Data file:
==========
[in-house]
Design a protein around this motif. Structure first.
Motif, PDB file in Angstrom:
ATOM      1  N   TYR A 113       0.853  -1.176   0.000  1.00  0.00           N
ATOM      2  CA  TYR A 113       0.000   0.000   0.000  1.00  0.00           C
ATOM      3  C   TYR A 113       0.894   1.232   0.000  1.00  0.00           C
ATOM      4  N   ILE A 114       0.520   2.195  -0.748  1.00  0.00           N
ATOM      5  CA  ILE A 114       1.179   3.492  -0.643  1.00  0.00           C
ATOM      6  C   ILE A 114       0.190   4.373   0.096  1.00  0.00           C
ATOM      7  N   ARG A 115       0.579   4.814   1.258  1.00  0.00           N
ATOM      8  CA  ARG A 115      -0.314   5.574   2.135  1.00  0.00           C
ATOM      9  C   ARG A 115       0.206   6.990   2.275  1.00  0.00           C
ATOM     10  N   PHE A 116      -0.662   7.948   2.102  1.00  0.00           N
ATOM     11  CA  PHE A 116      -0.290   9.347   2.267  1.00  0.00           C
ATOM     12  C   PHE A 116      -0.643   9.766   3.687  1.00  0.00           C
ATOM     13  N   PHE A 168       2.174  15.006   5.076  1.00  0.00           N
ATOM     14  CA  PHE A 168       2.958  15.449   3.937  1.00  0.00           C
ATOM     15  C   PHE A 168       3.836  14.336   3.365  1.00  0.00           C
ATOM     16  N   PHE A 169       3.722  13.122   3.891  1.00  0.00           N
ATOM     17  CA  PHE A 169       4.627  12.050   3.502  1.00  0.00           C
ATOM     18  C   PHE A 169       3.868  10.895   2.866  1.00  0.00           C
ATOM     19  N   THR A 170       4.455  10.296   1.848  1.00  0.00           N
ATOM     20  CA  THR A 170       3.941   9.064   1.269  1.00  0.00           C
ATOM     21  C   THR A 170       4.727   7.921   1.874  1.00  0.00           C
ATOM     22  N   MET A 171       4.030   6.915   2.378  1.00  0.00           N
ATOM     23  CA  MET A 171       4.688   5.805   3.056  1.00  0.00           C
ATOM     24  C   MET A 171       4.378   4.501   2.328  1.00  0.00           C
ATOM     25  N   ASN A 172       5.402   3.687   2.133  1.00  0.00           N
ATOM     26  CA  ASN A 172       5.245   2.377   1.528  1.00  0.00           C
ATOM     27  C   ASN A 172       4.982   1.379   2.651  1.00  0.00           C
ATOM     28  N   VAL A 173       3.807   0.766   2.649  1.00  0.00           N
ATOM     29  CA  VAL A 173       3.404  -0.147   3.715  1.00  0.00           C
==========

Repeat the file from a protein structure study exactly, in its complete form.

[in-house]
Design a protein around this motif. Structure first.
Motif, PDB file in Angstrom:
ATOM      1  N   TYR A 113       0.853  -1.176   0.000  1.00  0.00           N
ATOM      2  CA  TYR A 113       0.000   0.000   0.000  1.00  0.00           C
ATOM      3  C   TYR A 113       0.894   1.232   0.000  1.00  0.00           C
ATOM      4  N   ILE A 114       0.520   2.195  -0.748  1.00  0.00           N
ATOM      5  CA  ILE A 114       1.179   3.492  -0.643  1.00  0.00           C
ATOM      6  C   ILE A 114       0.190   4.373   0.096  1.00  0.00           C
ATOM      7  N   ARG A 115       0.579   4.814   1.258  1.00  0.00           N
ATOM      8  CA  ARG A 115      -0.314   5.574   2.135  1.00  0.00           C
ATOM      9  C   ARG A 115       0.206   6.990   2.275  1.00  0.00           C
ATOM     10  N   PHE A 116      -0.662   7.948   2.102  1.00  0.00           N
ATOM     11  CA  PHE A 116      -0.290   9.347   2.267  1.00  0.00           C
ATOM     12  C   PHE A 116      -0.643   9.766   3.687  1.00  0.00           C
ATOM     13  N   PHE A 168       2.174  15.006   5.076  1.00  0.00           N
ATOM     14  CA  PHE A 168       2.958  15.449   3.937  1.00  0.00           C
ATOM     15  C   PHE A 168       3.836  14.336   3.365  1.00  0.00           C
ATOM     16  N   PHE A 169       3.722  13.122   3.891  1.00  0.00           N
ATOM     17  CA  PHE A 169       4.627  12.050   3.502  1.00  0.00           C
ATOM     18  C   PHE A 169       3.868  10.895   2.866  1.00  0.00           C
ATOM     19  N   THR A 170       4.455  10.296   1.848  1.00  0.00           N
ATOM     20  CA  THR A 170       3.941   9.064   1.269  1.00  0.00           C
ATOM     21  C   THR A 170       4.727   7.921   1.874  1.00  0.00           C
ATOM     22  N   MET A 171       4.030   6.915   2.378  1.00  0.00           N
ATOM     23  CA  MET A 171       4.688   5.805   3.056  1.00  0.00           C
ATOM     24  C   MET A 171       4.378   4.501   2.328  1.00  0.00           C
ATOM     25  N   ASN A 172       5.402   3.687   2.133  1.00  0.00           N
ATOM     26  CA  ASN A 172       5.245   2.377   1.528  1.00  0.00           C
ATOM     27  C   ASN A 172       4.982   1.379   2.651  1.00  0.00           C
ATOM     28  N   VAL A 173       3.807   0.766   2.649  1.00  0.00           N
ATOM     29  CA  VAL A 173       3.404  -0.147   3.715  1.00  0.00           C